Assange Arrest Reminds Canadians of Close-To-Home WikiLeaks

By Ben Hamill - April 18 2019

What We Know About Canada Thanks To WikiLeaks

Some have preferred to vilify the man as well as his actions; others consider his arrest as a direct blow to freedom of press. Love him or hate him, WikiLeaks founder Julian Assange remains a prominent figure that cannot be ignored. Assange’s recent extradition ad subsequent London arrest has led to his having been formally charged with attempting to gain access to highly confidential information stored on a computer belonging to the United States government.

But despite Assange’s actions, and whatever his real motives for having attempted to access classified information, the man behind WikiLeaks has inadvertently provided the world with in-depth information regarding some of Canada’s own clandestine movements on the international playing field.

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Canada’s Involvement In Iraq

Despite the Canadian government’s firm insistence that it had no intention of being of any aid to the US with regards to its plans to invade Iraq, a leaked Memo written by a high-ranking Canadian military official, proves exactly the opposite. The controversial Memo was delivered to investigative news agency CBC News.

The classified document details how Ottawa served as the official meeting place for Canadian, American and British diplomats on the exact same day that the Canadian prime minister at the time, namely Jean Cretien, made a grand public ado of Canada’s refusal to join the 2003 US invasion of the controversial middle-eastern country.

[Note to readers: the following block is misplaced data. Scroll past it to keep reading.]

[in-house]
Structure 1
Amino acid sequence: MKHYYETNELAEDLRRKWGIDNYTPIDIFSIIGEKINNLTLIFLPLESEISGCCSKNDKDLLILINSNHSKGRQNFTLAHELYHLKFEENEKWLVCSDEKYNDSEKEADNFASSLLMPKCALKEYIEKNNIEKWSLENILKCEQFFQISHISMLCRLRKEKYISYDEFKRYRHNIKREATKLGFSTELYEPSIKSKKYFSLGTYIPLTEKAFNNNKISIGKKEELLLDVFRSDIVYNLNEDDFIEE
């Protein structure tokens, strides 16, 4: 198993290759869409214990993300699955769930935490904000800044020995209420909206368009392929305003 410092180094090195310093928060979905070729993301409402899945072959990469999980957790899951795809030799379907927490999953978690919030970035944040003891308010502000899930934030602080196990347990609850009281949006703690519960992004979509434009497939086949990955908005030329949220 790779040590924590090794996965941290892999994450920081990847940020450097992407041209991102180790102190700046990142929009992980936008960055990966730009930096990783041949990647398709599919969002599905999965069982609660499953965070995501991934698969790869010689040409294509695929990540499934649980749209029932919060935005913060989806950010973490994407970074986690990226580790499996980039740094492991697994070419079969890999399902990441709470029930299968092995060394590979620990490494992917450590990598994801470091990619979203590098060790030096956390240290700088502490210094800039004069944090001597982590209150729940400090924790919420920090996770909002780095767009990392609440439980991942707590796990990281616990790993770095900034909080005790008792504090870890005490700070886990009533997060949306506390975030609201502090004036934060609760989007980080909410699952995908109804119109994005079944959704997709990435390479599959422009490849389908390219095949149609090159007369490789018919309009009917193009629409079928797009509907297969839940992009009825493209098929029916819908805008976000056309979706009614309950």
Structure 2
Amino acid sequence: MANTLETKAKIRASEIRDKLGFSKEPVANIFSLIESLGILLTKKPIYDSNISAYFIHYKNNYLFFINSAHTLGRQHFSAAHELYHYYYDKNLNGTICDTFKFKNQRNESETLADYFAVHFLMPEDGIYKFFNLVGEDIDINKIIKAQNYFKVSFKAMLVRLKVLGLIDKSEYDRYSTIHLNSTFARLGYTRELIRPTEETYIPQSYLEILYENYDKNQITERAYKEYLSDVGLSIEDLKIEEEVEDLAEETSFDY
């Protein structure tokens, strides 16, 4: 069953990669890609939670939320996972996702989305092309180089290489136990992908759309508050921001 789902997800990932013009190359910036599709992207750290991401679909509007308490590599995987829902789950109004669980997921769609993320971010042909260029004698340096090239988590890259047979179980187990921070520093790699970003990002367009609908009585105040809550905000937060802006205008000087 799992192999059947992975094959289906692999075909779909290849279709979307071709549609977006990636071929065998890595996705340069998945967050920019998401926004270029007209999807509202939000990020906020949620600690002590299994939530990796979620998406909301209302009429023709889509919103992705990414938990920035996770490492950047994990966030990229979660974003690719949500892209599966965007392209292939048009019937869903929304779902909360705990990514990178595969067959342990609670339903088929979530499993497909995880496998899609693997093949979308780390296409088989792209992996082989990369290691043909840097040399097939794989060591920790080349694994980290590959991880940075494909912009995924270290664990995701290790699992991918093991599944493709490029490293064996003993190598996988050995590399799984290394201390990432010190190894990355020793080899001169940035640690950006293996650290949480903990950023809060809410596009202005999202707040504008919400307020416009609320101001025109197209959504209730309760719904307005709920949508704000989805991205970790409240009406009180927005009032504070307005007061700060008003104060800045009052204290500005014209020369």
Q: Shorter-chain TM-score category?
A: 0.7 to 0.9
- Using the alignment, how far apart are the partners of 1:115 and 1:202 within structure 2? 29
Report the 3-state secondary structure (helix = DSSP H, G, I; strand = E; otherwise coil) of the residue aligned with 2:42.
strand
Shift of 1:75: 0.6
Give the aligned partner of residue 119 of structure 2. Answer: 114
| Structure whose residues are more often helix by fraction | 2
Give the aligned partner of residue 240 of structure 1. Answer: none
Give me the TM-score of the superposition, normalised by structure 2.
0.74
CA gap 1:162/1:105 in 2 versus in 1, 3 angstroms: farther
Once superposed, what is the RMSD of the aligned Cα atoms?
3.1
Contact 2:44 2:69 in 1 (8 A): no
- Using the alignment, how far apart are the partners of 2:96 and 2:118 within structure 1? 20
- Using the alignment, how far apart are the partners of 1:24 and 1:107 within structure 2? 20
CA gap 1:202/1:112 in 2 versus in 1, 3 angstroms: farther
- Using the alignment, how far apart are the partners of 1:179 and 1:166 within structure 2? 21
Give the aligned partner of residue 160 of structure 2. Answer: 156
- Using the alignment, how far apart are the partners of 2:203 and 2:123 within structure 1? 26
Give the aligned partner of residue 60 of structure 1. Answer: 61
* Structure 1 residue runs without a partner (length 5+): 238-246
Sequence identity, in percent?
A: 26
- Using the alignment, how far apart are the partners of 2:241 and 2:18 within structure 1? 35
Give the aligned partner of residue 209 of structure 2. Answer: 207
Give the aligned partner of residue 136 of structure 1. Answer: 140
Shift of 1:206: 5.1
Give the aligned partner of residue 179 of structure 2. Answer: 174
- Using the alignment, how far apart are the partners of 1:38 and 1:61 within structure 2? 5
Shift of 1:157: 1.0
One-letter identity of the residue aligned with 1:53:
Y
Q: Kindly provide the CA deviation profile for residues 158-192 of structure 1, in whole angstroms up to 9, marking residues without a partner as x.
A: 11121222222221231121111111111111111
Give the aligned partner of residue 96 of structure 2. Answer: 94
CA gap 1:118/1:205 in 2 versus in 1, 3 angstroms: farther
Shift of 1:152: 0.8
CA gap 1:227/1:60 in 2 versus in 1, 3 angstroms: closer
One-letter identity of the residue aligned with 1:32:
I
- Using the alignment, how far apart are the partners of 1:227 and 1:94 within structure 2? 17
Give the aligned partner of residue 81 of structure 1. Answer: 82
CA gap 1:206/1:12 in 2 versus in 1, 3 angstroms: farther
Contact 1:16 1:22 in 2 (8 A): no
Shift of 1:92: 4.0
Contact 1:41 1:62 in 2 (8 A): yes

The Memo did not mince words about the fact that Canada’s public refusal to join in on US Iraqi operations was all smoke and mirrors in the interest of saving face both politically and domestically. The reality was that Canada, according to the exact wording of the document, planned to offer help wherever it was needed, within military margins, albeit covertly.

Bomb Threatens To Rock The Cart

CBC News also learned of a plot involving a bomb that was supposedly going to be executed by an unnamed man associated with none other than Osama Bin Laden. An anonymous letter, written in French, had been addressed to the RCMP towards the end of 2004. The letter provided details of a planned bomb attack on the Montreal Metro as well as the US Embassy in Canada.

At the time, the US Embassy ordered a security lock-down on all US-affiliated operations in the country. Despite the fact that bomb threats of a like nature were quite common, officials were apparently concerned because the fact that the threat specifically made mention of the US Embassy was the first of its kind.

These are just some examples of the top-secret information made public by Assange’s operations, and there are without a doubt many more where these came from; whether made public or not.

Many are of the opinion that Assange should be recognised as a national hero instead of being prosecuted for seeking out and revealing the truth.

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